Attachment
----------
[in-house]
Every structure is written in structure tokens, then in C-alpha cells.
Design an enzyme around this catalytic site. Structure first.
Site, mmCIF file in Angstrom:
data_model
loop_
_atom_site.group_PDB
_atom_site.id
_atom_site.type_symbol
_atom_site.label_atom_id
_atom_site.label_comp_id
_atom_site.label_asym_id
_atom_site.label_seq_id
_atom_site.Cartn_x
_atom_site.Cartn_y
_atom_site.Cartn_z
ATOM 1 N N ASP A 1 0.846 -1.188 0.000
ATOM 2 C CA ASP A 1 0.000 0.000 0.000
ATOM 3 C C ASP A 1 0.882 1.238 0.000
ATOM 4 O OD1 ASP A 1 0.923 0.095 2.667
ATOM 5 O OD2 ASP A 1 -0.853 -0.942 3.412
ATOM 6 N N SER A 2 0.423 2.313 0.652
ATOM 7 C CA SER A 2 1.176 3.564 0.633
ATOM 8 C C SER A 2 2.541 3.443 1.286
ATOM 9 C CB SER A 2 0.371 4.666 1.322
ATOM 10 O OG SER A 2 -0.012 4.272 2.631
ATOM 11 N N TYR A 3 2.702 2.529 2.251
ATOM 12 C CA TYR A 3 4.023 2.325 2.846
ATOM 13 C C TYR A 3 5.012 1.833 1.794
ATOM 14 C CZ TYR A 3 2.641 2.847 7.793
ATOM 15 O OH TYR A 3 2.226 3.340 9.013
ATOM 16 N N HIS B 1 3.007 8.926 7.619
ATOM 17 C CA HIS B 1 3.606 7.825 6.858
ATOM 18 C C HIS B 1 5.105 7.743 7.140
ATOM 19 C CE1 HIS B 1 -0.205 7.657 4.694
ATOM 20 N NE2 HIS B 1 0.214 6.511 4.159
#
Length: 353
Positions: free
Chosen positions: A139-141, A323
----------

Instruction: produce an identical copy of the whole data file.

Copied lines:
[in-house]
Every structure is written in structure tokens, then in C-alpha cells.
Design an enzyme around this catalytic site. Structure first.
Site, mmCIF file in Angstrom:
data_model
loop_
_atom_site.group_PDB
_atom_site.id
_atom_site.type_symbol
_atom_site.label_atom_id
_atom_site.label_comp_id
_atom_site.label_asym_id
_atom_site.label_seq_id
_atom_site.Cartn_x
_atom_site.Cartn_y
_atom_site.Cartn_z
ATOM 1 N N ASP A 1 0.846 -1.188 0.000
ATOM 2 C CA ASP A 1 0.000 0.000 0.000
ATOM 3 C C ASP A 1 0.882 1.238 0.000
ATOM 4 O OD1 ASP A 1 0.923 0.095 2.667
ATOM 5 O OD2 ASP A 1 -0.853 -0.942 3.412
ATOM 6 N N SER A 2 0.423 2.313 0.652
ATOM 7 C CA SER A 2 1.176 3.564 0.633
ATOM 8 C C SER A 2 2.541 3.443 1.286
ATOM 9 C CB SER A 2 0.371 4.666 1.322
ATOM 10 O OG SER A 2 -0.012 4.272 2.631
ATOM 11 N N TYR A 3 2.702 2.529 2.251
ATOM 12 C CA TYR A 3 4.023 2.325 2.846
ATOM 13 C C TYR A 3 5.012 1.833 1.794
ATOM 14 C CZ TYR A 3 2.641 2.847 7.793
ATOM 15 O OH TYR A 3 2.226 3.340 9.013
ATOM 16 N N HIS B 1 3.007 8.926 7.619
ATOM 17 C CA HIS B 1 3.606 7.825 6.858
ATOM 18 C C HIS B 1 5.105 7.743 7.140
ATOM 19 C CE1 HIS B 1 -0.205 7.657 4.694
ATOM 20 N NE2 HIS B 1 0.214 6.511 4.159
#
Length: 353
Positions: free
Chosen positions: A139-141, A323